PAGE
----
Speaking to RTE News reporter, Frank Wall, on Feb 26, 1962, Ted Kennedy spoke about his visit to his ancestral home of County Wexford and his pleasure in visiting Ireland. 

In February 1962, Edward M. "Ted" Kennedy embarked on a historic journey to Ireland, a trip that would leave an indelible mark on his life and on the Irish-American community. This excursion, which was much more than a simple vacation, was a heartfelt pilgrimage to the land of his ancestors and a demonstration of solidarity with the Irish people.

"I’m delighted, first of all, to be here in Ireland."

Kennedy said he was very much looking forward to meeting his relations in Dunganstown, Wexford, and added "This is purely a sentimental trip."

He told RTE "The visit to Ireland is something which I’ve always wanted to do and I think might very well be the highlight of my whole trip abroad."

Ted Kennedy had spent the previous weeks in mainland Europe on a fact-finding mission about the Common Market. Later that year in Nov 1969, Kennedy became a United States Senator.

Ted Kennedy was not alone on his voyage to Ireland. He was accompanied by his sister, Jean Kennedy Smith, who would later become the U.S. Ambassador to Ireland during President Bill Clinton's administration. This sibling duo shared a deep connection to their Irish heritage, and their visit to Ireland was a symbolic homecoming for both of them.

Senator Kennedy's journey to Ireland commenced on February 14, 1969, as he departed from New York City. His arrival in Ireland was met with great anticipation and excitement, not only by the Irish-American community but also by the people of Ireland themselves.

The Kennedys first arrived in County Wexford, the ancestral homeland of their family. They visited the small village of Dunganstown, where their great-grandparents had lived before emigrating to the United States during the 19th century. This visit was a poignant moment as Ted Kennedy laid a wreath at the gravesite of his great-grandfather, Patrick Kennedy. It was a symbolic gesture of paying tribute to his roots and connecting with the past.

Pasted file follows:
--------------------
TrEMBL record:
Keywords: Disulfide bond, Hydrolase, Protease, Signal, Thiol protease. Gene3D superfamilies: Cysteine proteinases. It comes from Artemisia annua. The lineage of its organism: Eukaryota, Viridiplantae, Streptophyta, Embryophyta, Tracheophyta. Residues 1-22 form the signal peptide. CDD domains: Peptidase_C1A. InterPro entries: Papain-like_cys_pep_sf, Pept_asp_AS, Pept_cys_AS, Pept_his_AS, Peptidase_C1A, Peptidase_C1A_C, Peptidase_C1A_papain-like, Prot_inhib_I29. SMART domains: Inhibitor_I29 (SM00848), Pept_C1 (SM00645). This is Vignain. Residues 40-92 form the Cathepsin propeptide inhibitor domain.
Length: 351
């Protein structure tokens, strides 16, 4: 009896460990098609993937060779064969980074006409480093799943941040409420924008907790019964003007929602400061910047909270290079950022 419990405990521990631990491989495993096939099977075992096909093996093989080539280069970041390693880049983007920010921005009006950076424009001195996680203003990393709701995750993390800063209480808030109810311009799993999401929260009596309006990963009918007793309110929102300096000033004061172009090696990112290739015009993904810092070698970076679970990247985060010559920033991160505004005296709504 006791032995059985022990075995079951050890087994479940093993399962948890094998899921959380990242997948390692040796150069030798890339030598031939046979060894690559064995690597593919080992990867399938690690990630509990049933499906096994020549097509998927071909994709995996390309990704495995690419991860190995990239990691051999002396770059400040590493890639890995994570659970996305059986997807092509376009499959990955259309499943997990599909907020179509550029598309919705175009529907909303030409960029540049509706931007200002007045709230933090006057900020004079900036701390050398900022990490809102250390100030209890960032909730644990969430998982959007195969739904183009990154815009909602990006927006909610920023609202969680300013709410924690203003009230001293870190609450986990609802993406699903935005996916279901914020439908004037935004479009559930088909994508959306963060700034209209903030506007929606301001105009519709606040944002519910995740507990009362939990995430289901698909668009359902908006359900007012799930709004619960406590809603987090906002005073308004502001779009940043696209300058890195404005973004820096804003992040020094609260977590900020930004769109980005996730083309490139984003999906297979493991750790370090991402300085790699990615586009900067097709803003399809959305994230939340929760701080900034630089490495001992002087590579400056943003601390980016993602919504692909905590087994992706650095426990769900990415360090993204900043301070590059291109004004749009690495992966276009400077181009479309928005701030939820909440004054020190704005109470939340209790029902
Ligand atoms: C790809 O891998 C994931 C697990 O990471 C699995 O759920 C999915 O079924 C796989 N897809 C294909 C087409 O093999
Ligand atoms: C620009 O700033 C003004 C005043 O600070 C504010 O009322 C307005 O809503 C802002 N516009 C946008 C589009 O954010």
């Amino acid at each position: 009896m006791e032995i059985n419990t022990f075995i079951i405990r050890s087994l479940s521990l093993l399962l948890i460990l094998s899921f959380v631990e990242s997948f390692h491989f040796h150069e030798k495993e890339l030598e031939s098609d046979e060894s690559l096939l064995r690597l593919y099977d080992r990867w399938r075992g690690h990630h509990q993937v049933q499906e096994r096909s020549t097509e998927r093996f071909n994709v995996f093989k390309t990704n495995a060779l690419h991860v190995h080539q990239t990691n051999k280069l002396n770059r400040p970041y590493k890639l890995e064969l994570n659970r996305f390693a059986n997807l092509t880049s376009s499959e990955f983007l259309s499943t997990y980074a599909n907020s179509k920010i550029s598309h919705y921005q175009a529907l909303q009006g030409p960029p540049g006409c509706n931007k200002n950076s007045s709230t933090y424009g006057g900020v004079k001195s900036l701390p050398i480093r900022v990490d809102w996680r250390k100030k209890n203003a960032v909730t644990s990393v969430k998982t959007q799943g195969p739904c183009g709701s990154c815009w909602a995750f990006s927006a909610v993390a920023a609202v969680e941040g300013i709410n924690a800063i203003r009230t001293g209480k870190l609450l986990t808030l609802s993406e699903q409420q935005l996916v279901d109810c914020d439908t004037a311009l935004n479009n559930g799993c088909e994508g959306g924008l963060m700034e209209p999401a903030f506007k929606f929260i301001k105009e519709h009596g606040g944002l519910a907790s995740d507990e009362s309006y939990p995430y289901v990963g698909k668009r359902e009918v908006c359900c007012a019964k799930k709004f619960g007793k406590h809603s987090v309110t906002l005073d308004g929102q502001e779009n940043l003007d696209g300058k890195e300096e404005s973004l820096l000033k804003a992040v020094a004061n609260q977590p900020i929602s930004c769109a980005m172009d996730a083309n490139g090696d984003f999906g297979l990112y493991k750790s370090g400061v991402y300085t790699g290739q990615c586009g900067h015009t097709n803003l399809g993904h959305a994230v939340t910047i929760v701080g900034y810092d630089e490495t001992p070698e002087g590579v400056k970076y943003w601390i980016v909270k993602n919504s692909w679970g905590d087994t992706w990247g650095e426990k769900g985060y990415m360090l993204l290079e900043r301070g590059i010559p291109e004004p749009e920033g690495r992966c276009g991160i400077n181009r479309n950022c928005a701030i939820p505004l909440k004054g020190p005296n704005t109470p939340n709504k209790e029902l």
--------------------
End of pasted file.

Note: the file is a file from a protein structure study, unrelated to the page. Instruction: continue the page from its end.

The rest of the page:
From County Wexford, Ted and Jean Kennedy traveled to Dublin, the capital of Ireland. In Dublin, the Kennedy siblings had a series of significant political meetings. Ted Kennedy met with Irish government officials, including the then Prime Minister, Jack Lynch, and discussed a range of topics, including Irish-American relations and the ongoing conflict in Northern Ireland. This visit underscored Ted Kennedy's commitment to the Irish cause and his role as a key advocate for peace and justice in the region.

The impact of Ted Kennedy's journey to Ireland extended far beyond his time on the Emerald Isle. His commitment to Irish-American relations and the cause of peace in Northern Ireland continued throughout his career in the U.S. Senate. He played a pivotal role in promoting the MacBride Principles, a set of guidelines aimed at encouraging American companies operating in Northern Ireland to adhere to fair employment practices.